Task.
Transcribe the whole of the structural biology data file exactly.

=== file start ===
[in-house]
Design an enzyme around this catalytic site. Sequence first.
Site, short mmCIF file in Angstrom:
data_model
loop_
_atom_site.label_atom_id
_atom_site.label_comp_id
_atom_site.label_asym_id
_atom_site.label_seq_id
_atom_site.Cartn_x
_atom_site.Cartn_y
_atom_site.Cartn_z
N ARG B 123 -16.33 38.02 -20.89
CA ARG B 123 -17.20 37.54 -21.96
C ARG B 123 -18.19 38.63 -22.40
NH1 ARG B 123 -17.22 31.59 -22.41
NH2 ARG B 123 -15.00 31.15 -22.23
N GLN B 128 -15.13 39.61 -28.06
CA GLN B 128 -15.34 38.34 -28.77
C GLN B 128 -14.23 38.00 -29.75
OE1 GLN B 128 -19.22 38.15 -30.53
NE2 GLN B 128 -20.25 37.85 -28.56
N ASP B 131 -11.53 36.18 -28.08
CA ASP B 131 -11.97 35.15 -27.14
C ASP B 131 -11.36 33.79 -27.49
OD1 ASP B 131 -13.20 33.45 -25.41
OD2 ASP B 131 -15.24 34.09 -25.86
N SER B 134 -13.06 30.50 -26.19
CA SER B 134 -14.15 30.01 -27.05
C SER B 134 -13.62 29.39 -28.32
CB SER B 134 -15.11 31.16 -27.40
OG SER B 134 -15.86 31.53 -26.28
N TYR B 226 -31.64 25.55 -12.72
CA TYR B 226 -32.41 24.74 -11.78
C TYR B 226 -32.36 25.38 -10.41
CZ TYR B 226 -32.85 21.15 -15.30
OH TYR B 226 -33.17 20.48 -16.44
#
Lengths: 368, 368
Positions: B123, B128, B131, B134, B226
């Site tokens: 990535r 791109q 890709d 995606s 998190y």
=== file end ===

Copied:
[in-house]
Design an enzyme around this catalytic site. Sequence first.
Site, short mmCIF file in Angstrom:
data_model
loop_
_atom_site.label_atom_id
_atom_site.label_comp_id
_atom_site.label_asym_id
_atom_site.label_seq_id
_atom_site.Cartn_x
_atom_site.Cartn_y
_atom_site.Cartn_z
N ARG B 123 -16.33 38.02 -20.89
CA ARG B 123 -17.20 37.54 -21.96
C ARG B 123 -18.19 38.63 -22.40
NH1 ARG B 123 -17.22 31.59 -22.41
NH2 ARG B 123 -15.00 31.15 -22.23
N GLN B 128 -15.13 39.61 -28.06
CA GLN B 128 -15.34 38.34 -28.77
C GLN B 128 -14.23 38.00 -29.75
OE1 GLN B 128 -19.22 38.15 -30.53
NE2 GLN B 128 -20.25 37.85 -28.56
N ASP B 131 -11.53 36.18 -28.08
CA ASP B 131 -11.97 35.15 -27.14
C ASP B 131 -11.36 33.79 -27.49
OD1 ASP B 131 -13.20 33.45 -25.41
OD2 ASP B 131 -15.24 34.09 -25.86
N SER B 134 -13.06 30.50 -26.19
CA SER B 134 -14.15 30.01 -27.05
C SER B 134 -13.62 29.39 -28.32
CB SER B 134 -15.11 31.16 -27.40
OG SER B 134 -15.86 31.53 -26.28
N TYR B 226 -31.64 25.55 -12.72
CA TYR B 226 -32.41 24.74 -11.78
C TYR B 226 -32.36 25.38 -10.41
CZ TYR B 226 -32.85 21.15 -15.30
OH TYR B 226 -33.17 20.48 -16.44
#
Lengths: 368, 368
Positions: B123, B128, B131, B134, B226
């Site tokens: 990535r 791109q 890709d 995606s 998190y």